Amazon's Genius New Currency

Moneybox
A blog about business and economics.
Feb. 6 2013 8:54 AM

Amazon Coins: Clever Monetary Stimulus for the Kindle Fire Content Ecosystem

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Amazon coins are each worth one cent.

Amazon.com publicity image

Amazon, the company that doesn't care if it makes money, has hit upon a really great alternative to making money—give it away to other people:

Today we announced the upcoming launch of Amazon Coins, a new virtual currency for U.S. customers to purchase apps, games, and in-app items on Kindle Fire. When Amazon Coins launches in May, we will be giving out tens of millions of dollars worth of Coins to customers to spend on Kindle Fire apps, games, or in-app items.

Each Amazon coin is worth one cent and can be redeemed by Kindle store vendors. In macroeconomic terms, you can think of this as a program of aggressive monetary expansion to stimulate the Kindle Fire economy. By delivering a helicopter drop of Amazon Coins to Kindle owners, Amazon is hoping to boost consumption of Kindle Fire content. Not for the sake of increasing consumption as such, but because higher expected demand for Kindle Fire content should stimulate investment by third-party firms in the development of Kindle content. In that sense, the monetary stimulus isn't merely a short-term expedient to make Kindle owners happy. It's part of a longer-term strategy to strengthen the overall Kindle platform (and increase its differentiation from generic Android) by exploiting the positive feedback dynamic between market size, app quality and quantity, and desirability of joining the market.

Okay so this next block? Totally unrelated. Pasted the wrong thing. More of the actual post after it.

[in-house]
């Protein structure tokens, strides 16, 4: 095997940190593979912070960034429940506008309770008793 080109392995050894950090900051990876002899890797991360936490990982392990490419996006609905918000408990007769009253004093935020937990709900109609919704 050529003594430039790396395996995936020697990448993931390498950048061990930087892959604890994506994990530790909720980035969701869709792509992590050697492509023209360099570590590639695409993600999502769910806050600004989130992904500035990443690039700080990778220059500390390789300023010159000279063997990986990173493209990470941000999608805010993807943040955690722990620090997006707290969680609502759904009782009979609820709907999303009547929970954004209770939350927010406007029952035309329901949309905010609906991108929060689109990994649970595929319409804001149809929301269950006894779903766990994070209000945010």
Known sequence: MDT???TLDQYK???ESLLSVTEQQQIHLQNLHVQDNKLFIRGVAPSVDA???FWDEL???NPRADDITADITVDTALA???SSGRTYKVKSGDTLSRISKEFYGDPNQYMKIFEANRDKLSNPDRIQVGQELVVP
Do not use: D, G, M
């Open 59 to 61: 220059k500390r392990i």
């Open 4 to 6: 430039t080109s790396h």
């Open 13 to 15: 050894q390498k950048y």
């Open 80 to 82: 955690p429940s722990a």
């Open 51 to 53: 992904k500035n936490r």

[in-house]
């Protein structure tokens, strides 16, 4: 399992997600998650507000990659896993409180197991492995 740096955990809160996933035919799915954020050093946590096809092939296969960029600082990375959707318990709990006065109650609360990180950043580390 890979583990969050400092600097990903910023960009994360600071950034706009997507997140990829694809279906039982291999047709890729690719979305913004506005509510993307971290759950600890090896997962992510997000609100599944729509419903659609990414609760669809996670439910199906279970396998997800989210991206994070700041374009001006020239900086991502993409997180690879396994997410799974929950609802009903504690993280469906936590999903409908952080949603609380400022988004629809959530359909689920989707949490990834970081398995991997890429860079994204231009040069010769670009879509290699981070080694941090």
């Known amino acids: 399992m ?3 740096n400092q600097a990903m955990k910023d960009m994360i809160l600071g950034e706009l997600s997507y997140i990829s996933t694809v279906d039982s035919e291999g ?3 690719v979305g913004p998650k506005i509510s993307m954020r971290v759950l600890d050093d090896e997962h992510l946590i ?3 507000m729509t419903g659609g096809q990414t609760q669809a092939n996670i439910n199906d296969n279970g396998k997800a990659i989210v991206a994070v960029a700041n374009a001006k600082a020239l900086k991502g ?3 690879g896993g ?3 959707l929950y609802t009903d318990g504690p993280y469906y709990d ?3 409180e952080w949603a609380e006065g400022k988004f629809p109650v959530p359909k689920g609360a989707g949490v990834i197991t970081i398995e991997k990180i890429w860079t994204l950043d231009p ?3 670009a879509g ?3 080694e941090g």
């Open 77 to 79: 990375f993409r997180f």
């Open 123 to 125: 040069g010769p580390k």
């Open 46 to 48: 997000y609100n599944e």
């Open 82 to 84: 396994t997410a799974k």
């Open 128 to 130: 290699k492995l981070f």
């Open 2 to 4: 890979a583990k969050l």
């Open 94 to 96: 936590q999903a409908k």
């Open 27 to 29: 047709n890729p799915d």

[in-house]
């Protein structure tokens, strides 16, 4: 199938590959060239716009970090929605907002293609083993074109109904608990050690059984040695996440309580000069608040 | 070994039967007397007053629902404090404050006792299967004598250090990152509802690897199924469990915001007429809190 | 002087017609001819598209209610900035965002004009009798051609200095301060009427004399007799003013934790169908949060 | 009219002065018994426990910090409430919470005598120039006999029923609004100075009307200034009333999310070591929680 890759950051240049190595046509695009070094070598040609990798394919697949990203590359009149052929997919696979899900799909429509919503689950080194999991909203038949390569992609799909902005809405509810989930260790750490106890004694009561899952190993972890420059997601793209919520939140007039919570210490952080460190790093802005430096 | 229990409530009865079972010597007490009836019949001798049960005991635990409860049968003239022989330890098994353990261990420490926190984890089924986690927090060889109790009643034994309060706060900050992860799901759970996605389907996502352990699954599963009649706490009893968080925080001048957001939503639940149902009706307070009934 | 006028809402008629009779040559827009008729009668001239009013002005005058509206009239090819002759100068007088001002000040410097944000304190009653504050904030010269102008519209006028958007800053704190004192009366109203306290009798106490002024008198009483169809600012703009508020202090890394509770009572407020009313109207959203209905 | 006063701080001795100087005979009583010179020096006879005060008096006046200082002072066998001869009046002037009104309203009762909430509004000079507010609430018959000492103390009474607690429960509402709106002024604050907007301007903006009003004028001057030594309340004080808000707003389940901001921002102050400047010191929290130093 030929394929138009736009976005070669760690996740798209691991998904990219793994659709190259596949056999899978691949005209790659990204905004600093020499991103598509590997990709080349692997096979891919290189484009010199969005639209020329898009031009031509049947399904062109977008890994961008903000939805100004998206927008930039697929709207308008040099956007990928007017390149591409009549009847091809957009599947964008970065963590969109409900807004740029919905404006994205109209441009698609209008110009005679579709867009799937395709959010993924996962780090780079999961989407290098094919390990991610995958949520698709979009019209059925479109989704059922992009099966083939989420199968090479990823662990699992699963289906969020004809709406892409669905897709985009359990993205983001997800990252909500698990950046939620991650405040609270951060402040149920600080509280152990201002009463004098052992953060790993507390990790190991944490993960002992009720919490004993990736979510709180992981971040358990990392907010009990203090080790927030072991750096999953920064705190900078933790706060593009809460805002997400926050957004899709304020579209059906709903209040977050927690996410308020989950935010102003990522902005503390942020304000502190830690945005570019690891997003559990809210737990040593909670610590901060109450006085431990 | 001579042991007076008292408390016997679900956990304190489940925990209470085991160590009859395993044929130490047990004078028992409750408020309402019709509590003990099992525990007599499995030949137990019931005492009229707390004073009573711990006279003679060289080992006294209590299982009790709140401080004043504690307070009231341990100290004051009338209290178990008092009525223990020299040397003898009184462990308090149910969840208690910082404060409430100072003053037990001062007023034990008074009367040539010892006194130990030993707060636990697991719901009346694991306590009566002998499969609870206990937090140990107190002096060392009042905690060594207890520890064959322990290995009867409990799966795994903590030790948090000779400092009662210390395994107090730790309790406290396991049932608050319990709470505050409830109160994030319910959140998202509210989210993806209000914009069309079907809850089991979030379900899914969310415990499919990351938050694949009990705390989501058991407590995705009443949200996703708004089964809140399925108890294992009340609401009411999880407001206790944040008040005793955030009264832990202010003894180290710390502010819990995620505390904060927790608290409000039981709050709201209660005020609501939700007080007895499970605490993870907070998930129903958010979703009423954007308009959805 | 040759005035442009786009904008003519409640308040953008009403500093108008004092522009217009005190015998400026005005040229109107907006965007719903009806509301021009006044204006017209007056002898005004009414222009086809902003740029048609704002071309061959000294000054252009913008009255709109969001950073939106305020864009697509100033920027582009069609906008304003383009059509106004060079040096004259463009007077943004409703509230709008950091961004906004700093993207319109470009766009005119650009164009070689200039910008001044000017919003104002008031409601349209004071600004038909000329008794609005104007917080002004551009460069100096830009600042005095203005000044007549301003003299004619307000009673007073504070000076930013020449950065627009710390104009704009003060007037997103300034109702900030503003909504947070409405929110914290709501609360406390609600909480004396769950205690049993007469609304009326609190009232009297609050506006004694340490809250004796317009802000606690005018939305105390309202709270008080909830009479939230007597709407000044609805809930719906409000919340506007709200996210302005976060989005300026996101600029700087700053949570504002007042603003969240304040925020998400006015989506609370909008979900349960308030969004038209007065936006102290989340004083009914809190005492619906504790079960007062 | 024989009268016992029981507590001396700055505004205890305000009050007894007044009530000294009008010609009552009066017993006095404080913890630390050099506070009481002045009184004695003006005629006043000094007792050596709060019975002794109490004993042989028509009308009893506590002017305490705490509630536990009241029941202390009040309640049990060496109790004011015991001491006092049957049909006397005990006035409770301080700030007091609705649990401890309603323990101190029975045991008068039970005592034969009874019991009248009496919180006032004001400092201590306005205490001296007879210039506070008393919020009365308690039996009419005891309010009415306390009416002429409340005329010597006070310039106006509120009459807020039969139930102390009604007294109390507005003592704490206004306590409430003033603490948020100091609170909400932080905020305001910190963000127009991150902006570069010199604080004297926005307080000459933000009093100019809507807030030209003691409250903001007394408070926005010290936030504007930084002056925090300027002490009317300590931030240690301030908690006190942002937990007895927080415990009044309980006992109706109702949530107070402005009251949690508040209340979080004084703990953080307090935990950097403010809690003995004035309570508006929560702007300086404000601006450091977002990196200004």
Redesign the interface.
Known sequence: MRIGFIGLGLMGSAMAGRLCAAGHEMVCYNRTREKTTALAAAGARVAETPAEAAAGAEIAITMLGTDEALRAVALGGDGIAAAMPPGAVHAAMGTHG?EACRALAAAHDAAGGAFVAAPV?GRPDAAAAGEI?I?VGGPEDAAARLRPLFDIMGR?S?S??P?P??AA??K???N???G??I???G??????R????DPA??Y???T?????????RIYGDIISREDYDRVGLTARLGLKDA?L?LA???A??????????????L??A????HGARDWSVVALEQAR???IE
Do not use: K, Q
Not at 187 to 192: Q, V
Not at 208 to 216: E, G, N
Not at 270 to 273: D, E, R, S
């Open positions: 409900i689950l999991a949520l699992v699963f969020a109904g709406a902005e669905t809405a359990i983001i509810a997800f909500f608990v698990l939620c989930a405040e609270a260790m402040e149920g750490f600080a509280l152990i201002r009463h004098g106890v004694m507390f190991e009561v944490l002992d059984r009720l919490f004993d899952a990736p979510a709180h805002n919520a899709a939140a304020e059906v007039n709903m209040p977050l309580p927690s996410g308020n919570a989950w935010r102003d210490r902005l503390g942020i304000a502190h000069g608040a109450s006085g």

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So that's a nice boost in the short term. In the longer term, if Amazon Coins prove to be a popular way of conducting transactions, it opens up new vistas for Amazon to involve itself more deeply in various quasi-banking functions or at a minium gain access to a large pool of super-cheap loans from its own loyal customers.

I sometimes poke fun at Amazon's staggering P/E ratio and lack of profitability, but I really do mean to be serious in my praise. This is a firm that is extremely aggressive about plowing its revenue into new investments and finding new ways to serve customers and the greater glory of the brand. This idea had me scratching my head when I first saw it yesterday, but after 12 hours of cogitating it's kind of genius. And it's exactly the kind of thing that's easier to pull off if investors aren't obsessed with your quarterly earnings.

Matthew Yglesias is the executive editor of Vox and author of The Rent Is Too Damn High.

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